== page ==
By Nobboc The Merry Mushmen OSE Levels 1-2
Zaratazarat is a mage of dubious reputation and average power. He lives a solitary life in the Fevoriz Marshes, inside a bleak rocky hill he made his abode in. Zaratazarat spent most of his life constructing a summoning platform named Ragga Gyxy’s Random Encounter Table after his inventor. The wizard was going to raise an army of monsters for his own nefarious purpose. He recently completed the construction and was ready to welcome (and bind to his service) the first summoned monsters. But when the fist d4+2 goblins appeared, the overwhelmingly enthusiastic wizard stammered… The goblins knocked him out, argued for a while about what to do with him, and finally left him when an angry ogre appeared on the Table. Since then, Zaratazarat has been hiding and trying to survive in his own lair. The Table is regularly spitting out monsters: most of them try to escape and run back home, or take the opportunity to loot or eat whatever they can…
This ten page adventure features a 24 room dungeon a two story wizards tower. Good formatting and interesting situations aboud, with the evocative writing suffering a bit. Still, I’ll take it over overwritten every day of the week.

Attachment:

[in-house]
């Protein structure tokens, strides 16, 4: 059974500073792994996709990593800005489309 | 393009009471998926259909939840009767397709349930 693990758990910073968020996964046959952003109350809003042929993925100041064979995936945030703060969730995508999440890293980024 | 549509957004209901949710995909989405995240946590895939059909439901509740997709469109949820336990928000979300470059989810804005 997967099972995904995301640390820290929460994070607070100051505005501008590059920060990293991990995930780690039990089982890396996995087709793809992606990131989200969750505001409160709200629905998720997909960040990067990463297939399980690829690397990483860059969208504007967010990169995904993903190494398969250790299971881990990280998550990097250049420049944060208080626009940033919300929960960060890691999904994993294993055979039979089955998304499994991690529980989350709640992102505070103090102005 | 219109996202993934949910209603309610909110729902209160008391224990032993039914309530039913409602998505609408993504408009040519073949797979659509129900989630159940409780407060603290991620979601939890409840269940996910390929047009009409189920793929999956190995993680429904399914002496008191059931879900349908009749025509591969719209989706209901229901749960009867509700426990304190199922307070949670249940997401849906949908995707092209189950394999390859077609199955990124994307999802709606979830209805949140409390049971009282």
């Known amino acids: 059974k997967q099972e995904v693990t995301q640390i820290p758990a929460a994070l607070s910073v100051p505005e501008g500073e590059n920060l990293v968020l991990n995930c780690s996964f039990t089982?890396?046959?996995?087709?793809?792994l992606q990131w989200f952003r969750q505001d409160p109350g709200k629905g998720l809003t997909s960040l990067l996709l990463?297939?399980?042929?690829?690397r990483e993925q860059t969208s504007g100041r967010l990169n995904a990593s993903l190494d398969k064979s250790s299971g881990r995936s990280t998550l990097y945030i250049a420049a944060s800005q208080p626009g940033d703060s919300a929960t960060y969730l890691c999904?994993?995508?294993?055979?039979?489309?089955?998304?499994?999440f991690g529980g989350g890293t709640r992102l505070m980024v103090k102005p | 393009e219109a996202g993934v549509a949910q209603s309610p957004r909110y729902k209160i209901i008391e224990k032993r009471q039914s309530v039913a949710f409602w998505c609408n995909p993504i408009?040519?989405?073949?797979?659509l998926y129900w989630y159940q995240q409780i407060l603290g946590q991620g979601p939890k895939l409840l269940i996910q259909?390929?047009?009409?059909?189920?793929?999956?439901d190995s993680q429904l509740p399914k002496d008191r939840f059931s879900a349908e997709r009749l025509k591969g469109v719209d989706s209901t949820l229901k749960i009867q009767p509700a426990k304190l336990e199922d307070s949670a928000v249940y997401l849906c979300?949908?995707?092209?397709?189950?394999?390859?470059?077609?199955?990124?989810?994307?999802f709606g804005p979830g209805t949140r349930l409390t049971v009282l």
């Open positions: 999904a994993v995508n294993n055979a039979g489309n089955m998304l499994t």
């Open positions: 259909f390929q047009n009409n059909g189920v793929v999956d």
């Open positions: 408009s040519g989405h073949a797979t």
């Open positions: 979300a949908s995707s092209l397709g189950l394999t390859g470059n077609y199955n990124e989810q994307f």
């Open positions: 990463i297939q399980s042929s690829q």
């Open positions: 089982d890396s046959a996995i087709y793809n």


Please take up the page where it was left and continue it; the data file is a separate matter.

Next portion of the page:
What we’re looking at here is a kind of offset two column production. One column takes up about two thirds of the page, the right side, and contains the room key information. The left column, making up about a third of the page, contains the monster stats for the areas on the right. The monsters stats are in a lighter font that could, frankly be in a bit darker font, but its good enough. The keyed locations follow a decent layout formatting. The rooms tend to start with a brief descriptor like “crammed storeroom” or “cluttered library.” I like this sort of overloaded room title stuff. It orients the DM immediately to the type of room to come and puts them in the right frame of mind to receive the description information following. You’re already thinking about a cluttered library and imagining it when you start to scan the description and I believe that helps to leverage the description to more than it is. This is followed by a short description and then a little table of who’s in the room. Basically, you roll a d6 on a little two or three line table to see whats going on in the room. Monster names are bolded to help you scan quickly. This is followed by a little section of “follow up” information. A series of underlined words like “Books – Mundane topics. And then a description of them with more information for the DM. or “Gems – 1 hour of work. 40gp of gems per worker.” Gems (or books) having been mentioned in the room description. IE: it goes from general room description in the intro to a well laid out and easily scannable DM text information section. It’s easy to scan and well laid out, a terse format that can work well and works well here.